Webinar Notes: Trade Wars & Supply Chains: Measuring and Managing the Impact
These webinar notes are based on an April 26th webinar presented by Resilinc and Hogan Lovells and hosted by Supply & Demand Chain Executive Magazine. Here is the link to the on demand registration page.
As I mentioned in my weekly webinar recommendations post, I trusted S&DCE as the host of this event because I’ve seen them cover equally ‘hot button’ topics with balance and a high degree of professionalism in the past. This event was no different – in fact, Resilinc CEO & Founder Bindiya Vakil opened the webinar by making the comment that the topic would be handled as a business issue – not a political one.
That said, dealing with tariffs is highly complex, and as Hogan Lovells’ Robert Kyle said, shifting supply chain conditions should be considered the new normal.
The focus of this webinar was the trade imbalance between the U.S. and China, $135bn in exports from the U.S. to China and $482 bn in the opposite direction. For an interesting visualization of U.S. Trade Balances, visit MIT’s Observatory of Economic Complexity (cited during the webinar).
My primary take aways are as follows:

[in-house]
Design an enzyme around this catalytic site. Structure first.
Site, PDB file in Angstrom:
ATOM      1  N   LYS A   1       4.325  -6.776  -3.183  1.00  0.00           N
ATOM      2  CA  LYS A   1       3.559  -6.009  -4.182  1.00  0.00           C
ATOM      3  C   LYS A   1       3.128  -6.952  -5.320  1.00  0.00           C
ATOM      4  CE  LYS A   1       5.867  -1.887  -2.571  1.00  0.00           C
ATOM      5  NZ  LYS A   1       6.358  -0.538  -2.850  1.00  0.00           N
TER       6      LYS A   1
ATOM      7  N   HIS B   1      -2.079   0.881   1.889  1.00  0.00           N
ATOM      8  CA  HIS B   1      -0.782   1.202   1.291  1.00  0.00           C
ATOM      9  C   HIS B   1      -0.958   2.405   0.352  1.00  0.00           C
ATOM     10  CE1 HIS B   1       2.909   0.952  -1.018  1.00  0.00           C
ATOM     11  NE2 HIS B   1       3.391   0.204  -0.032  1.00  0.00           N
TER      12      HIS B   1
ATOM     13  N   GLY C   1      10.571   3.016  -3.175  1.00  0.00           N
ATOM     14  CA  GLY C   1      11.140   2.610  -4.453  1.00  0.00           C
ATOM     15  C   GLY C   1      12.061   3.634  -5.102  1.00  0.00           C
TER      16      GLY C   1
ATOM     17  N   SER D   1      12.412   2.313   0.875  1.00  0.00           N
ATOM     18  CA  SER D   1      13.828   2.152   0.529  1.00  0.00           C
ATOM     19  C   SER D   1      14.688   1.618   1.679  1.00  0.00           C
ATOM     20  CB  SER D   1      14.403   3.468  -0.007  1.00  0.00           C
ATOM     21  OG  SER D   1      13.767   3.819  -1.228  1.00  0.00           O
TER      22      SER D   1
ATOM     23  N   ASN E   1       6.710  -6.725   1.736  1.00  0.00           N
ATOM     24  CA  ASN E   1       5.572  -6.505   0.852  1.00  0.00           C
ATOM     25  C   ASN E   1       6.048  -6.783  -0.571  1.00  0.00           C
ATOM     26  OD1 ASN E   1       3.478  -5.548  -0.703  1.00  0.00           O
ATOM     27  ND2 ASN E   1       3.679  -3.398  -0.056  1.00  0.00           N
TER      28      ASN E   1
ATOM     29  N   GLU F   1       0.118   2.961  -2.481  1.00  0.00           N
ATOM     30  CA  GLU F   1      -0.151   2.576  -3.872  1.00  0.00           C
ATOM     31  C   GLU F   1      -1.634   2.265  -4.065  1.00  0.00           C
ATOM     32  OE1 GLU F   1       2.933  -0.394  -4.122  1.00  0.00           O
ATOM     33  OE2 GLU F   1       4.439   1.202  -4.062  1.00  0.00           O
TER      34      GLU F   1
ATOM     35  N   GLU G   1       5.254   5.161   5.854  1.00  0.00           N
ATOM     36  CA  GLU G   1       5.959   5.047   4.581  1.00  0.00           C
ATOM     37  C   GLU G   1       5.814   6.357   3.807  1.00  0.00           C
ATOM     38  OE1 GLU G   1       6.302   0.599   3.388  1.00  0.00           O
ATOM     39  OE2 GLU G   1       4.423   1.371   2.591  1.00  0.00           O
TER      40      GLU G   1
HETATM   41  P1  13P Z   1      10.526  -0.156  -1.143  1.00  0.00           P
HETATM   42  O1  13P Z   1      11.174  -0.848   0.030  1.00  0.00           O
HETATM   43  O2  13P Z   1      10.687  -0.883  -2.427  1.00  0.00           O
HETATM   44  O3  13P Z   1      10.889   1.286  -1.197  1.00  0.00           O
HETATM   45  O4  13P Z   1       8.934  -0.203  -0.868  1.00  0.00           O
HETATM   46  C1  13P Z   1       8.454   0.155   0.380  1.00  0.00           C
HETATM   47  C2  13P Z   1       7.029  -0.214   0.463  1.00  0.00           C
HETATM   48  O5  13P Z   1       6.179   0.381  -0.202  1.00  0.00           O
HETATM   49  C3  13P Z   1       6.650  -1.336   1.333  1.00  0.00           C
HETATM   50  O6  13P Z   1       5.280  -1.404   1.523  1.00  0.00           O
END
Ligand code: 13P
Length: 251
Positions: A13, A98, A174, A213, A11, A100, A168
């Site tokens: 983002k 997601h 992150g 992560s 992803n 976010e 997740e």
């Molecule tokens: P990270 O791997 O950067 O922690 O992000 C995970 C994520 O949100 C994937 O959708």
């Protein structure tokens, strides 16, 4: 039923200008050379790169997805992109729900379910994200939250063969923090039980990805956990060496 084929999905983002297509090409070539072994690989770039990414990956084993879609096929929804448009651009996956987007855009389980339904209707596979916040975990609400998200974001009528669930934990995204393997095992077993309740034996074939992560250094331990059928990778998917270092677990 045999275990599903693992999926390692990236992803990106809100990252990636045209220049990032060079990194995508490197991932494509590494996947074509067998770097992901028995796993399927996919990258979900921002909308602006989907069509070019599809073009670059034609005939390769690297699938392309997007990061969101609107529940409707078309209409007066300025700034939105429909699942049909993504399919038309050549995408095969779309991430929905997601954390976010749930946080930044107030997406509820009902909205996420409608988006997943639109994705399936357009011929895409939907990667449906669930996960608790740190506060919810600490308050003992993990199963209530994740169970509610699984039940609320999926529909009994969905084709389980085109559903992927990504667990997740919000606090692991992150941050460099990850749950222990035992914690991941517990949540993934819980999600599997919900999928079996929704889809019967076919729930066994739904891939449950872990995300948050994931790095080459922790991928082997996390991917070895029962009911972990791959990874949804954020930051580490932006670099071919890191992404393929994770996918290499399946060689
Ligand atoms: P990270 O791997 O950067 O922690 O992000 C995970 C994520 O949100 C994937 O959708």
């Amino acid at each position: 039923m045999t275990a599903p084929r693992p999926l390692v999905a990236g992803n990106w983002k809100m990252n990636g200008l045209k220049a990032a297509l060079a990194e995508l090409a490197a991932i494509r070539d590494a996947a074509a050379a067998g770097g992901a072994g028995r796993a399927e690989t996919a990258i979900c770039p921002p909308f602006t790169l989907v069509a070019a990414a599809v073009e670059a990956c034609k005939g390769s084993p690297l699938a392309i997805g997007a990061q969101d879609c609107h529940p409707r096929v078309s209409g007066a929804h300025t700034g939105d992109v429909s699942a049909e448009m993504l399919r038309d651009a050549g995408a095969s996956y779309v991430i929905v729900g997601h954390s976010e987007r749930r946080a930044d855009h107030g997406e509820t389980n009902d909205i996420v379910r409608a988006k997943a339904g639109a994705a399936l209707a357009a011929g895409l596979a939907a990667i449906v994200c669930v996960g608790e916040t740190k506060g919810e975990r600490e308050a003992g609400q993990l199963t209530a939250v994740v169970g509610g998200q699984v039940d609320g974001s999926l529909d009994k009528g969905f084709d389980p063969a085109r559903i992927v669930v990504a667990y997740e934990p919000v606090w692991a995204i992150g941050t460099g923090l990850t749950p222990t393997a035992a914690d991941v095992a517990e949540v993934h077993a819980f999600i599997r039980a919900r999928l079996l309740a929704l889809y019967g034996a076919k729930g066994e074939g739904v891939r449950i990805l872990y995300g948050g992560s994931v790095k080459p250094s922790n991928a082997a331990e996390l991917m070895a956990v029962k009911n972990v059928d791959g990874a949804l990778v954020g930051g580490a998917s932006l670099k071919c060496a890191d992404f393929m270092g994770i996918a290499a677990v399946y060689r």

- Don’t get distracted by the hype: One of the first points made in the webinar is that there is no trade war under way. Instead, there are a series of proposed tariffs on both sides that affect a range of products. Know the difference between which tariffs have officially be enacted and which are proposed, and which specific products are affected – not just high level product categories.
- There are a number of trade programs currently being negotiated around the globe (e.g. tariffs with China, NAFTA, TPP). None of them can be addressed in a vacuum as the status of each one affects the timing and conditions of the others. Instead, think of volatility and the need for flexibility as the new normal and prioritize them in contracts and supplier relationships.
- Neither the U.S. nor China ultimately wants a trade war, especially a protracted one. That said, because China already placed tariffs on such a significant portion of U.S. imports and the U.S. levies very few, the U.S. can place a number of new tariffs while China will have to change different conditions (such as permitting) in order to respond.
- Invest in supply chain mapping. Know where your tier 1 and tier 2 products come from. Have alternate sources identified and pre-qualified and know how long it will take to migrate sources if it should become necessary.
- Even the best supply chain managers and analysts are not geopolitical experts. Get help where you need it and understand the full range of available options.
This was an excellent presentation. Kudos to the team for highlighting important issues related to tariffs.